The annotation of the presence of music in an audio file can already lead to a certain level of disagreement between different annotators either because the music has such a low volume that it is hard to distinguish among other type of sounds or because the content of the audio file lies ambiguously between what can and cannot be considered music. Adding the annotation of the loudness of this music with respect to other simultaneous non-music sounds could drastically increase this disagreement. To be able to produce reliable annotations in this situation, it is important to create a well-defined taxonomy and a set of precise annotation steps.
We define a taxonomy formed by 6 classes. Each one applies to a different combination, in terms of loudness, of content that is considered music and content that is not. Classifying sounds as music and non-music is subjective and it is one of the tasks of the annotators. The definition of the classes is as follows:
From our experience, we know that music detection algorithms struggle when trying to perceive music that has a very low volume. We have added the Low Background Music class to make the access to this kind of content easier to the users. The whole set of classes can be divided into two groups: isolated classes and mixed classes. Music and No Music are isolated classes because an audio segment of these classes can contain either music or non-music sounds but not a combination of both. The rest of the classes are mixed classes because segments annotated as such must contain both music and non-music sounds.
This taxonomy has two important characteristics: (1) all classes are defined to be mutually exclusive, i.e., there cannot be overlap between them; and (2) all audio can be annotated, i.e., all sound excerpts fall into one of the described classes.
The annotation mechanism is very simple: it consists in creating non-overlapping segments over the waveform of the audio files and assigning a class to each them. These segments must cover the entire duration of the audio file.
However, we are actually asking the annotators to describe the relative loudness of music, which has a continuous nature and fast variations, using a discreet set of classes. This can lead annotators to annotate a significantly different number of segments for a given time interval depending on the precision they are using to annotate. To limit the number of class changes that the annotators can annotate, we have established a minimum segment length.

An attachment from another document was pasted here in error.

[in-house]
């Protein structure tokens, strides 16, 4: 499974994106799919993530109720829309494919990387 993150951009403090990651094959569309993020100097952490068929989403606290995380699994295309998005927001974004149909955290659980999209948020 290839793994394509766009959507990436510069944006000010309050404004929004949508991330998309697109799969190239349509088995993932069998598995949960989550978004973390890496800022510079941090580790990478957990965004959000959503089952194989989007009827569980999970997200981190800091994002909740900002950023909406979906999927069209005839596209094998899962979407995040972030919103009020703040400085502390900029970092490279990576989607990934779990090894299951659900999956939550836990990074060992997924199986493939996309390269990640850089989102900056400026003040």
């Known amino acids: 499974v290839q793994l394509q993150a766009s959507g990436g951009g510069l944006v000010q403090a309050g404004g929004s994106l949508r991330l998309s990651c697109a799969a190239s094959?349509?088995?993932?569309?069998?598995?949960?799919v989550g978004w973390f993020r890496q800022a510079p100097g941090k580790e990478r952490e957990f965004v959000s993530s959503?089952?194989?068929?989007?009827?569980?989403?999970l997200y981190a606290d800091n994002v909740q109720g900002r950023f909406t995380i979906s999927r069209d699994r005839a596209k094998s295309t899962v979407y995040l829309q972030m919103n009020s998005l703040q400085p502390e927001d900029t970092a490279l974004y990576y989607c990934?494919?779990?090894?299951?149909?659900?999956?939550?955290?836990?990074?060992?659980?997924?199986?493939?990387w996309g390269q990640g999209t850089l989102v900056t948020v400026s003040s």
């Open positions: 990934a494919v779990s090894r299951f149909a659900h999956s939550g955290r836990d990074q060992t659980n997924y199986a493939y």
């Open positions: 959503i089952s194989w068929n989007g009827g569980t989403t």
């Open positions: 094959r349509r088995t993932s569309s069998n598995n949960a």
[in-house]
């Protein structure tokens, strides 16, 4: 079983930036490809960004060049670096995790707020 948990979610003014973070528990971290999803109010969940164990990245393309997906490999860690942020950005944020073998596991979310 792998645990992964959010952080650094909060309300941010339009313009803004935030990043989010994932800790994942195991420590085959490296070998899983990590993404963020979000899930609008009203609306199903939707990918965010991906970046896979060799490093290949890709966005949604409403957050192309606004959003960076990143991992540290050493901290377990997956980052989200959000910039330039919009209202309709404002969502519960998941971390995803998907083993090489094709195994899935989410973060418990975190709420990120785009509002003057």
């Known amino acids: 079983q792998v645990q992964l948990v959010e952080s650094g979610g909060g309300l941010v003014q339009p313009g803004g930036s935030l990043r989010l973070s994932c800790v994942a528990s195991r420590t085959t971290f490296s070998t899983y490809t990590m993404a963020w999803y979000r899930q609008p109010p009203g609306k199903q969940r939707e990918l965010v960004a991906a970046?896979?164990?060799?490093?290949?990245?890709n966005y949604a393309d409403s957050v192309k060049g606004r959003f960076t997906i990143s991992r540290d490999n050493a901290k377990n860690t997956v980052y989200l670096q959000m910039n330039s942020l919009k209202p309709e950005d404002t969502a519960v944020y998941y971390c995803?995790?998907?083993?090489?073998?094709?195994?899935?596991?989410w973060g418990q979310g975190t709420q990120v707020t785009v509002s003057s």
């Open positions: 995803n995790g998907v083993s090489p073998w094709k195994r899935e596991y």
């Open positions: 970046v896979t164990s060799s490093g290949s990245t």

This limitation can bias the annotation to a particular use case: while researchers may want to have very precise annotations to train algorithms that detect the slightest class change, in the industry paradigm it might not be optimal to have an algorithm that produces a large number of short segments for each audio file analyzed. For instance, when dealing with a large number of audio files daily, producing a high number of segments for each of them can lead to problems with the database. We have set this limit to 1 second in an attempt to consider both points of view. To ensure that the annotators follow this rule, we have defined a set of annotation steps:
OpenBMAT has been manually cross-annotated by three different annotators: two males and one female of ages comprised between 20 and 40 years and experience working with sound and/or music. Cross-annotating allows us to assess the reliability of the annotations produced (see Section 4.1). All three annotators have been trained to use the annotation tool described in Section 3.2.4 and have learned the annotation steps before starting the annotation of the dataset. Throughout the whole process they have been allowed to ask questions and we have regularly provided feedback. In average, they spent approximately 130 hours annotating the dataset. This means that the annotation rate was around 4.75 hours of annotation per hour of audio.
The tool that we have used for the annotation of the dataset is BAT, an open-source, web-based tool for the manual annotation of events in audio files. As mentioned in Section 3.2.1, the selected taxonomy implies that classes cannot overlap and allows all audio to be annotated as one of its classes. BAT provides two functionalities that make annotation faster and easier in this situation: (1) it can be configured to avoid any overlap between regions; and (2) it includes shortcuts to expand a region to the limits of adjacent regions or the limits of the audio file being annotated. Additionally, the tool is exclusively oriented to the annotation of audio events, which allows for a simple and clear user interface, and it is connected to the database where all annotations are stored automatically. The audio files are annotated in chunks of 30 seconds and without zoom to maintain a fixed level of time precision during the annotation. We show a screenshot of this tool in Figure 2.